|Keep It Simple, Stupid|
Plug-in architecturesby Masem (Monsignor)
|on Mar 14, 2002 at 01:33 UTC||Need Help??|
People have brought up the concept of plug-ins in perl, such as at Plug-in mechanism implemented in Perl (with the first response giving other searches). The concept here is that code is self-contained in a separate .pm file but located outside of @INC. However, in the FBP system I've been looking at, I'm considering a plug-in system that operates in a slightly different fashion, and based on what I've done with Java in the past.
First, plugins make a bit more sense here than trying to have everything drop into @INC. Since not every plugin could be used by the user at any time, it's probably smarter to keep the call table clean and only load modules when needed. In addition, it would seem to be much more easier for the user to manage without adminstrator help (though normal perl mods should also work the same way).
However, I envision that some of the plugins that could be written would require additional files, either in the way of extra perl code, glue libraries, config files, text files, or whatnot. Again, these could all be installed into @INC without problem (and be referred to), but now you start to get a messy plug-in directory.
If you look at (at least early versions of) Netscape, Photoshop, etc, plugins were single files; on the Mac side, this was 'easily' accomplished using the resource fork, and I believe similar tricks were used for the PC side. When I tried this in Java, I used .jar files to group class files and other files into a single package. The natural extention in perl is tar.gz files. Inside the tar.gz. file would be some manifest file (say, XML based) that would tell the program where the key class is and any other important files might be located.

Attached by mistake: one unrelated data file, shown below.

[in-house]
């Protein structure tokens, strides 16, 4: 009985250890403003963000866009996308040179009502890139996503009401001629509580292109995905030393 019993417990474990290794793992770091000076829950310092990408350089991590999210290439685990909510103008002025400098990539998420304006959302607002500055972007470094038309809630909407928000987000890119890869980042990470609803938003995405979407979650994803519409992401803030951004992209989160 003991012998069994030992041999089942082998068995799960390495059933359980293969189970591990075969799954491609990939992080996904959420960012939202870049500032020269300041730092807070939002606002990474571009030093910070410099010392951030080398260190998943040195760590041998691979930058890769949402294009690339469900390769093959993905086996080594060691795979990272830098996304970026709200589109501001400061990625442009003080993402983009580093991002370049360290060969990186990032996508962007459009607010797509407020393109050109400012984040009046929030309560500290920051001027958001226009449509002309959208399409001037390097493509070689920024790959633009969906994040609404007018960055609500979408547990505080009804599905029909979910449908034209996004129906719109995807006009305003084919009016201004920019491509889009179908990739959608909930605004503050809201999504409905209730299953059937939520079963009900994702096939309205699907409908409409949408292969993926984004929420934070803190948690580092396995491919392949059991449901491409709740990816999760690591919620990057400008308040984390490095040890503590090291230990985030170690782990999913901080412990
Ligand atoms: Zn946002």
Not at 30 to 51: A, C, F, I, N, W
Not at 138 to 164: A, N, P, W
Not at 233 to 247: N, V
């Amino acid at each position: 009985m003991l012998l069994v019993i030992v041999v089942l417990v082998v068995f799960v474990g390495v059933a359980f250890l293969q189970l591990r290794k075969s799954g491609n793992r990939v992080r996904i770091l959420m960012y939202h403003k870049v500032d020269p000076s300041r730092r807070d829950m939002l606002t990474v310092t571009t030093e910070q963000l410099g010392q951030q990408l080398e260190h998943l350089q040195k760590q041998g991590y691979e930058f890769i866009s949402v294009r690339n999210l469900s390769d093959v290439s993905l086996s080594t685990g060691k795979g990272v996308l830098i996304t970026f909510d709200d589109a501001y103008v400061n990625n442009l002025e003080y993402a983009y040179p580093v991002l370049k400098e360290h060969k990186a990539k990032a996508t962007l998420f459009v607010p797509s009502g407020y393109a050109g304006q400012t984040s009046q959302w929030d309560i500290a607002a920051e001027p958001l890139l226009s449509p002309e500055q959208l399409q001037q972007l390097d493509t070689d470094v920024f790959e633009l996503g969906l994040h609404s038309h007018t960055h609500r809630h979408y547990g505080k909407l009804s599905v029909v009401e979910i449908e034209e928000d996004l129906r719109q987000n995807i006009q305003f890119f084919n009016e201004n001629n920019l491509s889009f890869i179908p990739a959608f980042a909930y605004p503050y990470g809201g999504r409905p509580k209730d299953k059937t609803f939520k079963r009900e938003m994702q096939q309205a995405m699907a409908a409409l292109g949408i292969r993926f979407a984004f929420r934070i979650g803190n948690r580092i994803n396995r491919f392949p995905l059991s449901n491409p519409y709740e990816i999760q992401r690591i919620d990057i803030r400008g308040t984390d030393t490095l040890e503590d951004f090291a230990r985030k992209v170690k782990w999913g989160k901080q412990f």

The idea would be that at startup of the program, the various directories that have been indicated as plugin dirs (including a program default, system local, and user local set) would be scanned; each file in those dirs would be tested as a tar.gz file, then opened to look for a manifest file (as by a fixed name). At this point, the plugin name and location would be set up into a global hash. At some point, when the plugin is needed, then the necessary code is dynamically loaded using the location info and temporary strings as obtained from the tar.gz file. Plugin authors would have the ability to grab any other data files from their plugin archive via provided code.
Does this approach seem reasonable, has it been done before, or does it seem over the edge for what it needs to do and in this case just rely on @INC to provide what's need? The only problem of this latter solution is that how one determines which files are plugins for the system in question or not.